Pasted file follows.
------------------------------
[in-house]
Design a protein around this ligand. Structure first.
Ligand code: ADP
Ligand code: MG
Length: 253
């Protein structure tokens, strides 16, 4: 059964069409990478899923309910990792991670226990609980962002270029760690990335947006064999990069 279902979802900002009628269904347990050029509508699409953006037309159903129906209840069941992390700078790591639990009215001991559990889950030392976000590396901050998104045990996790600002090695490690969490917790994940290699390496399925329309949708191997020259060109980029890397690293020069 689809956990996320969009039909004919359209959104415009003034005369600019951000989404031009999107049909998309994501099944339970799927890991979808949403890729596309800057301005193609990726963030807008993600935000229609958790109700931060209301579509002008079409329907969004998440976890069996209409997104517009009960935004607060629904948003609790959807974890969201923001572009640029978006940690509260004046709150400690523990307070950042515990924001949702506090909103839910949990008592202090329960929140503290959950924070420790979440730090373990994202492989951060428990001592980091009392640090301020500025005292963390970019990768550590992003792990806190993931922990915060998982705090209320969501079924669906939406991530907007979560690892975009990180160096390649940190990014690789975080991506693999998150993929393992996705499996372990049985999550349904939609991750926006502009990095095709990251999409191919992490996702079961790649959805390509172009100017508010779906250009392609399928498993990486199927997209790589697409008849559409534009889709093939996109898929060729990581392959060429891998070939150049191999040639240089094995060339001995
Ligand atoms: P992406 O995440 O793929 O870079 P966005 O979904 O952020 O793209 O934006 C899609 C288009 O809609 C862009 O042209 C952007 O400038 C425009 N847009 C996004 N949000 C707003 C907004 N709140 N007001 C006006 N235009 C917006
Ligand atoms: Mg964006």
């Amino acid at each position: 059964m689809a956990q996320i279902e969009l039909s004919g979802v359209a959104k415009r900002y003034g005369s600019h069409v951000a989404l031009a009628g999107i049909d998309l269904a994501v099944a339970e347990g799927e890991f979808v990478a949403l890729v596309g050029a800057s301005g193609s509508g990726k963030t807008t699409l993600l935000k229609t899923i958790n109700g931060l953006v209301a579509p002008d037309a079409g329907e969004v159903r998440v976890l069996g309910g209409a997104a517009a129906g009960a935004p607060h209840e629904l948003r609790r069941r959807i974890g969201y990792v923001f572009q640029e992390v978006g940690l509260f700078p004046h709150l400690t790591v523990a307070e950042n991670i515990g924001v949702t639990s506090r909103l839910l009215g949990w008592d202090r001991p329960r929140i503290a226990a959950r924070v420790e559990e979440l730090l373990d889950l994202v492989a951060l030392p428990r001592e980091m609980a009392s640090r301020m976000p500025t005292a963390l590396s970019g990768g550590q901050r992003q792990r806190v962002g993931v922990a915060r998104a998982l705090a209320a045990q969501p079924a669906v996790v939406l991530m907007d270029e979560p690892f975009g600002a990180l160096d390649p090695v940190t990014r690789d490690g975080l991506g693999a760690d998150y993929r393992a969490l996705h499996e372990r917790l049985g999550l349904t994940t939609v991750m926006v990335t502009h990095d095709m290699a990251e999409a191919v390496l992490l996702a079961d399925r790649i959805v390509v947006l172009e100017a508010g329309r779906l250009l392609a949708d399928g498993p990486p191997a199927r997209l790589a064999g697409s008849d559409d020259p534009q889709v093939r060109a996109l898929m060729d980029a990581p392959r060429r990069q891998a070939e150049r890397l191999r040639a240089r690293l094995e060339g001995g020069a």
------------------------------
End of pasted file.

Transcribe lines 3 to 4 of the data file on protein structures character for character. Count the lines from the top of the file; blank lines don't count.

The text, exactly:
Ligand code: ADP
Ligand code: MG